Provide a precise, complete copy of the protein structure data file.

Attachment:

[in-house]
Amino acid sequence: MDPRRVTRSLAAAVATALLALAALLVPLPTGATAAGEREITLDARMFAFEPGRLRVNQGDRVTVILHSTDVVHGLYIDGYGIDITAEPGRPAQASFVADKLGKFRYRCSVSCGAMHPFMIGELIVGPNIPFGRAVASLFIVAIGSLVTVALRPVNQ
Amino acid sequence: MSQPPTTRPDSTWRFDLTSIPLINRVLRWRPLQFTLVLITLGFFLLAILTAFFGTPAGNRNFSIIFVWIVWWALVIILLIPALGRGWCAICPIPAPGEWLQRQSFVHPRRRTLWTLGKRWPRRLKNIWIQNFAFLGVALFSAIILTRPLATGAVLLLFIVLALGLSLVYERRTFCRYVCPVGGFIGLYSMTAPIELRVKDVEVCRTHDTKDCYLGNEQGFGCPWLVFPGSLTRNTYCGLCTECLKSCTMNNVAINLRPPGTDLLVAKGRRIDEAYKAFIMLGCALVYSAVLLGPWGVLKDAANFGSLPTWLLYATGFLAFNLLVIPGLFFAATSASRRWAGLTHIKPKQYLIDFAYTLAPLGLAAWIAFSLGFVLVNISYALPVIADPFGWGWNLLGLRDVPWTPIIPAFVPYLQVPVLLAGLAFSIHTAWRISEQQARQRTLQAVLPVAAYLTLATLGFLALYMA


[in-house]
Amino acid sequence: MDPRRVTRSLAAAVATALLALAALLVPLPTGATAAGEREITLDARMFAFEPGRLRVNQGDRVTVILHSTDVVHGLYIDGYGIDITAEPGRPAQASFVADKLGKFRYRCSVSCGAMHPFMIGELIVGPNIPFGRAVASLFIVAIGSLVTVALRPVNQ
Amino acid sequence: MSQPPTTRPDSTWRFDLTSIPLINRVLRWRPLQFTLVLITLGFFLLAILTAFFGTPAGNRNFSIIFVWIVWWALVIILLIPALGRGWCAICPIPAPGEWLQRQSFVHPRRRTLWTLGKRWPRRLKNIWIQNFAFLGVALFSAIILTRPLATGAVLLLFIVLALGLSLVYERRTFCRYVCPVGGFIGLYSMTAPIELRVKDVEVCRTHDTKDCYLGNEQGFGCPWLVFPGSLTRNTYCGLCTECLKSCTMNNVAINLRPPGTDLLVAKGRRIDEAYKAFIMLGCALVYSAVLLGPWGVLKDAANFGSLPTWLLYATGFLAFNLLVIPGLFFAATSASRRWAGLTHIKPKQYLIDFAYTLAPLGLAAWIAFSLGFVLVNISYALPVIADPFGWGWNLLGLRDVPWTPIIPAFVPYLQVPVLLAGLAFSIHTAWRISEQQARQRTLQAVLPVAAYLTLATLGFLALYMA